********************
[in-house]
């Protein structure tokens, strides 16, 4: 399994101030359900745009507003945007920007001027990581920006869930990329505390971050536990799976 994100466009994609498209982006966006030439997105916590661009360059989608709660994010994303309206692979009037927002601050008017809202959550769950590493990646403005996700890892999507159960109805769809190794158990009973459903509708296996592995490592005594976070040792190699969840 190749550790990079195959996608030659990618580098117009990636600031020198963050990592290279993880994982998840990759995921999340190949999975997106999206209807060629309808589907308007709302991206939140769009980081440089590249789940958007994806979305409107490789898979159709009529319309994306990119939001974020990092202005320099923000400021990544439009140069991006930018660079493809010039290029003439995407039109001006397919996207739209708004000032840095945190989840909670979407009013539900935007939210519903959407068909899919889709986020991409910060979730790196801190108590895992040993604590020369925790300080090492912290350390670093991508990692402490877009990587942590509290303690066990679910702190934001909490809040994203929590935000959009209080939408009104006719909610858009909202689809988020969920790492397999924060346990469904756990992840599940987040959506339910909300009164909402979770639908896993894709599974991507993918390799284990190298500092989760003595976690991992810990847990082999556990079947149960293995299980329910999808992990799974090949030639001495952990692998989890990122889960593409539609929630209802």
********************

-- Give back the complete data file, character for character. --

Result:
[in-house]
């Protein structure tokens, strides 16, 4: 399994101030359900745009507003945007920007001027990581920006869930990329505390971050536990799976 994100466009994609498209982006966006030439997105916590661009360059989608709660994010994303309206692979009037927002601050008017809202959550769950590493990646403005996700890892999507159960109805769809190794158990009973459903509708296996592995490592005594976070040792190699969840 190749550790990079195959996608030659990618580098117009990636600031020198963050990592290279993880994982998840990759995921999340190949999975997106999206209807060629309808589907308007709302991206939140769009980081440089590249789940958007994806979305409107490789898979159709009529319309994306990119939001974020990092202005320099923000400021990544439009140069991006930018660079493809010039290029003439995407039109001006397919996207739209708004000032840095945190989840909670979407009013539900935007939210519903959407068909899919889709986020991409910060979730790196801190108590895992040993604590020369925790300080090492912290350390670093991508990692402490877009990587942590509290303690066990679910702190934001909490809040994203929590935000959009209080939408009104006719909610858009909202689809988020969920790492397999924060346990469904756990992840599940987040959506339910909300009164909402979770639908896993894709599974991507993918390799284990190298500092989760003595976690991992810990847990082999556990079947149960293995299980329910999808992990799974090949030639001495952990692998989890990122889960593409539609929630209802």